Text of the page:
BRUSSELS (Reuters) - The European Commission forecast on Thursday the Italian economy would grow more slowly in the next two years than Rome thinks, making government budget deficits much higher than assumed by Italy while public debt would be stable rather than decline.
Italian benchmark 10-year bond yields jumped on the forecast from 3.385 to 3.413 percent IT10YT=TWEB.
The forecasts underline the Commission’s view, backed last Monday by all euro zone finance ministers, that Italy’s 2019 draft budget blatantly breaks European Union fiscal rules, which call for annual reductions in deficit and debt.
The Commission’s projections are likely to provide arguments for the EU executive arm to start disciplinary steps against Rome later this month, unless Italy sends in a revised budget draft that is in line with EU rules by Nov. 13.
Itay has repeatedly said it would not change the draft budget’s targets, triggering a clash with the rest of the euro zone by the populist government in Rome that won elections on promises of higher spending and tax cuts.
Italian Economy Minister Giovanni Tria said the forecasts were wrong and limited.
“The European Commission’s forecasts for the Italian deficit are in sharp contrast to those of the Italian government and derive from an inaccurate and incomplete analysis (of the budget),” Tria said in a statement.
“We regret to note this technical slip on the part of the Commission, which will not influence the continuation of constructive dialogue with the Commission,” he added.
European Commissioner for Economic and Financial Affairs Pierre Moscovici said he would travel to Rome on Friday and was keen to retain a dialogue, but that there could be no compromise on the rules.
“The word compromise is difficult for me,” Moscovici told a news conference. “In the case of Italy I have always been in favor of flexibility,” he said.
“As far as rules are concerned, however, we need to respect the rules, we can’t have a sort of negotiation.”
In a regular economic forecast for the 28 countries that make up the European Union, the Commission said Italian gross domestic product would grow 1.1 percent this year, below Rome’s projection of 1.2 percent in its draft budget.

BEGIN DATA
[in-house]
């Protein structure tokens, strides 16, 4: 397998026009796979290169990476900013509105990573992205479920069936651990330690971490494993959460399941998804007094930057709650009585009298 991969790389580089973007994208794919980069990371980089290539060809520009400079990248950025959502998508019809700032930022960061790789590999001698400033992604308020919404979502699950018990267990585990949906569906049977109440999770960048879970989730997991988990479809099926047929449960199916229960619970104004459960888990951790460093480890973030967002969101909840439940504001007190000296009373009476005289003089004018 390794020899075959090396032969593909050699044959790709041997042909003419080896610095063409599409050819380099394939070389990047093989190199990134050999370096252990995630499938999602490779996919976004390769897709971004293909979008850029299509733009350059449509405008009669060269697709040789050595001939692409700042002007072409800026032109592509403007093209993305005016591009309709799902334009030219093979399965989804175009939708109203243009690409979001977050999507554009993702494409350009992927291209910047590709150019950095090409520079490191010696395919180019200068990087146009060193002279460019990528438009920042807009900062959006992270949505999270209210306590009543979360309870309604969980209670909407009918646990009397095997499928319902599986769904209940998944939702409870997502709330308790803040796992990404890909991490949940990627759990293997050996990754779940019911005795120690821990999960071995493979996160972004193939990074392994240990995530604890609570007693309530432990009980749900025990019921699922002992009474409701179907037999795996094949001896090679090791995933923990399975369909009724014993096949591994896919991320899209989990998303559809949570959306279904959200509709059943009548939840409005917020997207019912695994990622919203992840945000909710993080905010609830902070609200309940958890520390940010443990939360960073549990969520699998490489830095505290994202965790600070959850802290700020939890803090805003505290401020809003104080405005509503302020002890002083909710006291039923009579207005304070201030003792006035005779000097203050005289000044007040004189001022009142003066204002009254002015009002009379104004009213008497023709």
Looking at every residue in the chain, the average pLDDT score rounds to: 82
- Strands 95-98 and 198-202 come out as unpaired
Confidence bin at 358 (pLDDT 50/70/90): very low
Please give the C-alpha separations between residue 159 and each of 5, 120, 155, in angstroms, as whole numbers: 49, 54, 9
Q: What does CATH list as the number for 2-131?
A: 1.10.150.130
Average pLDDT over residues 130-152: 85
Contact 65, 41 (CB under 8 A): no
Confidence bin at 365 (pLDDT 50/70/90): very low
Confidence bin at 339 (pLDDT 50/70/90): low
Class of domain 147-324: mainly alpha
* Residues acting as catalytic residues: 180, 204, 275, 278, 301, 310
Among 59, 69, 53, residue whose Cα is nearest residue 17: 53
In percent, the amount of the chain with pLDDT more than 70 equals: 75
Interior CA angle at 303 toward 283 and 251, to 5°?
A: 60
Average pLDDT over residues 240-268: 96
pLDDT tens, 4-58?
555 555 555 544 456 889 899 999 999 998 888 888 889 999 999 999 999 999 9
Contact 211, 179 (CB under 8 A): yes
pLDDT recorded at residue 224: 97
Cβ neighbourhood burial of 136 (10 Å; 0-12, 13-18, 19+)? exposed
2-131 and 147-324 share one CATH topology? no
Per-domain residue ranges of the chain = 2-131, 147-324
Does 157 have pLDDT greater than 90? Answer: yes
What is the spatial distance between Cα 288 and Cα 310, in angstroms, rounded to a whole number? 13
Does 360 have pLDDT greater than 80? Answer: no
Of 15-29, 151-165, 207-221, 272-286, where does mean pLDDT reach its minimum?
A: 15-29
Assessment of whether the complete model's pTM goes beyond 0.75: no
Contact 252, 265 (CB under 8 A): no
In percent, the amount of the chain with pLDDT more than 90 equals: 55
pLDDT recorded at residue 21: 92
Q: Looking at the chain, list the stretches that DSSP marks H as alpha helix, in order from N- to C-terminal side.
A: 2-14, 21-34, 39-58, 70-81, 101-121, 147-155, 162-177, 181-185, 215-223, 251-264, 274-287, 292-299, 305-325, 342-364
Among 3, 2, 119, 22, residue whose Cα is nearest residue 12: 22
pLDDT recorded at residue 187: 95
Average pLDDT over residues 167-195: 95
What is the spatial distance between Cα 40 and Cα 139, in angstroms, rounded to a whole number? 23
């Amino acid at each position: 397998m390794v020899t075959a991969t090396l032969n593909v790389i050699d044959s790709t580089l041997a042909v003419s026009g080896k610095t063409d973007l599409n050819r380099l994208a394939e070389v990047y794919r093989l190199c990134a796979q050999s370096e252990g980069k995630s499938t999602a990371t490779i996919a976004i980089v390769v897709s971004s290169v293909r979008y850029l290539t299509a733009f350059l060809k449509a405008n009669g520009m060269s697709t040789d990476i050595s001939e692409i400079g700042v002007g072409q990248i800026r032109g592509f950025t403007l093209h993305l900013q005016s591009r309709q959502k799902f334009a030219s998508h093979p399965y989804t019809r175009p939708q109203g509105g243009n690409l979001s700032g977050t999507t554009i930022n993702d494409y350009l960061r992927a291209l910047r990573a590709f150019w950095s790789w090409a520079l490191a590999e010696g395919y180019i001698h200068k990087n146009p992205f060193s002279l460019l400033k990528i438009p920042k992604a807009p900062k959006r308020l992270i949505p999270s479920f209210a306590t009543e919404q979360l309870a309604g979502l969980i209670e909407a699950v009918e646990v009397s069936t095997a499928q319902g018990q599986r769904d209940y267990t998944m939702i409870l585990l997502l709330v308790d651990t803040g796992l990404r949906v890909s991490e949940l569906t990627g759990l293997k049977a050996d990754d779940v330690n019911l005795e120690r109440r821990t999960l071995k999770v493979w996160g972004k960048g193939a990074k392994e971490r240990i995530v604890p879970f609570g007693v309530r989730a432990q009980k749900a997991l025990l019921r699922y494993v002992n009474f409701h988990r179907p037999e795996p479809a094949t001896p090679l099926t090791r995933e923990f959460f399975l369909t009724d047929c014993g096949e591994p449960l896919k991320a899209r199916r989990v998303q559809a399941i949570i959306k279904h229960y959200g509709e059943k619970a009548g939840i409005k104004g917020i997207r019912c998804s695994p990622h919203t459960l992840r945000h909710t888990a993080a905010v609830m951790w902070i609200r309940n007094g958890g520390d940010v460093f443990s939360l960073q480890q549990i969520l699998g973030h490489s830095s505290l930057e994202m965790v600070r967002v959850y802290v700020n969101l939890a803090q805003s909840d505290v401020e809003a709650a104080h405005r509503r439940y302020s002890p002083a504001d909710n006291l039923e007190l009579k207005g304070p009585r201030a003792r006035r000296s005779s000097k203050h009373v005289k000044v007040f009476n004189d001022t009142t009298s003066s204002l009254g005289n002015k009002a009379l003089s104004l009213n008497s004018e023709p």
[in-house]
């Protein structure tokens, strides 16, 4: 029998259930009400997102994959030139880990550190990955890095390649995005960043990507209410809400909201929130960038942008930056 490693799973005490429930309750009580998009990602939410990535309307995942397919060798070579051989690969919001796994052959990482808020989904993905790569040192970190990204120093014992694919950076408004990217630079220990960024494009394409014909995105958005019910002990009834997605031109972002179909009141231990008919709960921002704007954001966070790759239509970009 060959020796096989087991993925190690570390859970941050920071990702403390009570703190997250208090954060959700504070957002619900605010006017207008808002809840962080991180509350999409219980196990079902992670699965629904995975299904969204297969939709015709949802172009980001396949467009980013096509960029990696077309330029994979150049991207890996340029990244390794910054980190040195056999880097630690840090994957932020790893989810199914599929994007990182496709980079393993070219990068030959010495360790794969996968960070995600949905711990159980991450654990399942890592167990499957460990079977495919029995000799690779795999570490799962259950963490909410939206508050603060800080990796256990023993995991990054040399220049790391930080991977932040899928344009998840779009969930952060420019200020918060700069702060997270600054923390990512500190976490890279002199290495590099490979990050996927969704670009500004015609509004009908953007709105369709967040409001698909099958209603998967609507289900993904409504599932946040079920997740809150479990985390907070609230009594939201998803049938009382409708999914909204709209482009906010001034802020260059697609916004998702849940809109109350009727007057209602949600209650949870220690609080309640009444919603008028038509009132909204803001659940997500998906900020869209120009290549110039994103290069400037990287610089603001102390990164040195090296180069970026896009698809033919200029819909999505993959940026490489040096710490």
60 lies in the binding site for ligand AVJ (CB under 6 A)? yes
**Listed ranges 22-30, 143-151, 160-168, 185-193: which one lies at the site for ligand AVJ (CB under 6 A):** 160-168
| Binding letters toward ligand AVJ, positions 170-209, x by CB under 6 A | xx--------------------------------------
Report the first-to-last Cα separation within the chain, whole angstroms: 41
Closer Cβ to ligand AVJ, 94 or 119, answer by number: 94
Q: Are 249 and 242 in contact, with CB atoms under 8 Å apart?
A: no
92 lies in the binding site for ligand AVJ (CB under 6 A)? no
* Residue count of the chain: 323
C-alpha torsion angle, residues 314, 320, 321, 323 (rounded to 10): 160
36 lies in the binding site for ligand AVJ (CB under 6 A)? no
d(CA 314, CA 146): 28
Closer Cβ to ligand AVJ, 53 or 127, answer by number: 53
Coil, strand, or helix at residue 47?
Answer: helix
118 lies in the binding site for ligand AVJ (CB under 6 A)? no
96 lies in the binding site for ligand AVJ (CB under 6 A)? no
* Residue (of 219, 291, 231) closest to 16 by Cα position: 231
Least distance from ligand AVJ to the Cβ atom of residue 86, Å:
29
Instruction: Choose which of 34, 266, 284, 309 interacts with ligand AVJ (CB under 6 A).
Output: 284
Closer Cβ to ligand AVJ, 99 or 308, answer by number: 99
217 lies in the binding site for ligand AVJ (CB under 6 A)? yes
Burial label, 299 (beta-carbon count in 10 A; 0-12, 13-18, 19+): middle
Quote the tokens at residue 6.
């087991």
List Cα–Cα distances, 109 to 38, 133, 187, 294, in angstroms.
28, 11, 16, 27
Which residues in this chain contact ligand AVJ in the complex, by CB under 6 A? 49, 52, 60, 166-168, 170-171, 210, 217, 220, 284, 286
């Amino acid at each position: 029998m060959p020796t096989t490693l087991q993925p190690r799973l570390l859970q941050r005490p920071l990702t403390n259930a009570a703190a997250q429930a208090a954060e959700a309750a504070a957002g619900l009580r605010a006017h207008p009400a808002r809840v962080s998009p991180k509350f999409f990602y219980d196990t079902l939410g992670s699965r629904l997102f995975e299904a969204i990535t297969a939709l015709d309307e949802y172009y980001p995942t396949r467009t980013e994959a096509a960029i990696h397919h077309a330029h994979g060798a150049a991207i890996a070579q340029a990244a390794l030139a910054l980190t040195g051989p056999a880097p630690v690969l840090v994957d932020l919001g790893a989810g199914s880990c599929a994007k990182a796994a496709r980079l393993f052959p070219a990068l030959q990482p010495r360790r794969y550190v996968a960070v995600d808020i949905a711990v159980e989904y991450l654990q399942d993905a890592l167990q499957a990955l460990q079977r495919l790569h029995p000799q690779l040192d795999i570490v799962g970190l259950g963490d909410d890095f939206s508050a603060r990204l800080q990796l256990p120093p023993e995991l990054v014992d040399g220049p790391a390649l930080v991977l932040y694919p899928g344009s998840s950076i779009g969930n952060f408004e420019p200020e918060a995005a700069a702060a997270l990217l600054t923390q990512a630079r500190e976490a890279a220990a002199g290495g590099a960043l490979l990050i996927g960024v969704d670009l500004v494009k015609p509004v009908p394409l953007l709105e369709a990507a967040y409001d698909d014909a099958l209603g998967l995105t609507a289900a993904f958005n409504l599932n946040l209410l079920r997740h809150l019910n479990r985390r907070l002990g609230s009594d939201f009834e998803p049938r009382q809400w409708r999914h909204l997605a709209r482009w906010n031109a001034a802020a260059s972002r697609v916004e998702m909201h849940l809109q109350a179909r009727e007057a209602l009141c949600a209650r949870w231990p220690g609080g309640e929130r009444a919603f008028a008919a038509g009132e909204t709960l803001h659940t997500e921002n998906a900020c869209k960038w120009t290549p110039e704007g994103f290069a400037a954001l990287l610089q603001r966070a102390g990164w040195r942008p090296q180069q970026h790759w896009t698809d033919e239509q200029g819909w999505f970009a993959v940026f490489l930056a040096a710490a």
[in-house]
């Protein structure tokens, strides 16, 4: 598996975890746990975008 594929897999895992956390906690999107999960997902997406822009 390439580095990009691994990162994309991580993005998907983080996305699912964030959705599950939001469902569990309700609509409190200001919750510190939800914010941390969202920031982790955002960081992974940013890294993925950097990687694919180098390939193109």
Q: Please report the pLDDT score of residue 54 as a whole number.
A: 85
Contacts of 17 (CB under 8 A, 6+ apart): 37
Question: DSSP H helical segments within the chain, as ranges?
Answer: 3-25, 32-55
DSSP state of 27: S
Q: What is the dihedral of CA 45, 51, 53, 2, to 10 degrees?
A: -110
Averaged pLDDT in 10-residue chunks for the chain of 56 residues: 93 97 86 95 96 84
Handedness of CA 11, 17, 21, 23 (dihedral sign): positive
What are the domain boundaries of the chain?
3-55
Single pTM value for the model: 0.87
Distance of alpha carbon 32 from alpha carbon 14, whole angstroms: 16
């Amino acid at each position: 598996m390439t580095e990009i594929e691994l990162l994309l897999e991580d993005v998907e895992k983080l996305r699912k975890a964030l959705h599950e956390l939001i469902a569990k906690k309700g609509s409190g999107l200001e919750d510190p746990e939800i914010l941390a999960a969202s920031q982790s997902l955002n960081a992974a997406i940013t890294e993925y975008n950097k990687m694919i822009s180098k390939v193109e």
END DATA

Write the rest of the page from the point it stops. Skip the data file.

In 2019, Italian GDP would rise 1.2 percent, the Commission said, instead of the 1.5 percent seen by Italy and in 2020 it would rise 1.3 percent, rather than the 1.6 seen by Rome.
The International Monetary Fund forecast on Thursday a much less favorable GDP growth path for Italy with only 1.0 percent growth in 2019 and 0.9 percent in 2020. It called on Rome to cut its deficit and debt as a priority as long as its economic growth, albeit slowing, was still above potential.
Lower growth means that Italy’s headline budget deficit would be at 1.9 percent of GDP this year, above Italy’s own forecast of 1.8 percent.
Next year, the budget gap, boosted by plans of higher spending and tax cuts to deliver on election promises as well as higher debt servicing costs, would surge to 2.9 percent, rather than 2.4 percent seen by Italy and to 3.1 percent in 2020, rather than fall to 2.1 as Rome assumes. EU rules foresee headline deficits should stay below 3 percent.
Italy’s structural deficit, which excludes one-offs and business cycle swings, would widen even more dramatically from 1.8 percent of GDP seen this year to 3.0 percent in 2019 and to 3.5 percent in 2020.
Under EU rules, of which the Commission is the enforcer, Italy should cut its structural deficit next year to 1.2 percent of GDP rather than allow it to rise and continue cutting it every year until it reaches a surplus.
Deficit cutting policies would help Italy, the euro zone’s third biggest economy, to reduce its public debt, the second highest in Europe after Greece. The Commission forecast Italy’s’ debt at 131.1 percent of GDP this year against 131.2 last year.
Tria has been arguing that the additional stimulus to the economy from the higher budget deficit would accelerate economic growth and that debt would fall as a result.
But the Commission’s forecasts showed the effect next year would be miniscule as the ratio would edge lower to only 131.0 percent and it would reverse in 2020 to 131.1 percent.
Financial markets have reacted to the 2019 draft budget with a sharp rise in Italian borrowing costs and euro zone officials are concerned that at some point investors might lose confidence in Italy’s ability to repay its debts, triggering another sovereign debt crisis like the one set off by Greece in 2010.
The Commission’s forecasts showed that unless Italy’s policies change, its primary surplus — the budget balance before debt servicing costs — would fall to 1.0 percent of GDP next year from 1.7 percent in 2018.
It would decline further to 0.8 percent of GDP in 2020 showing diminishing debt servicing strength.
Reporting By Jan Strupczewski; editing by Francesco Guarascio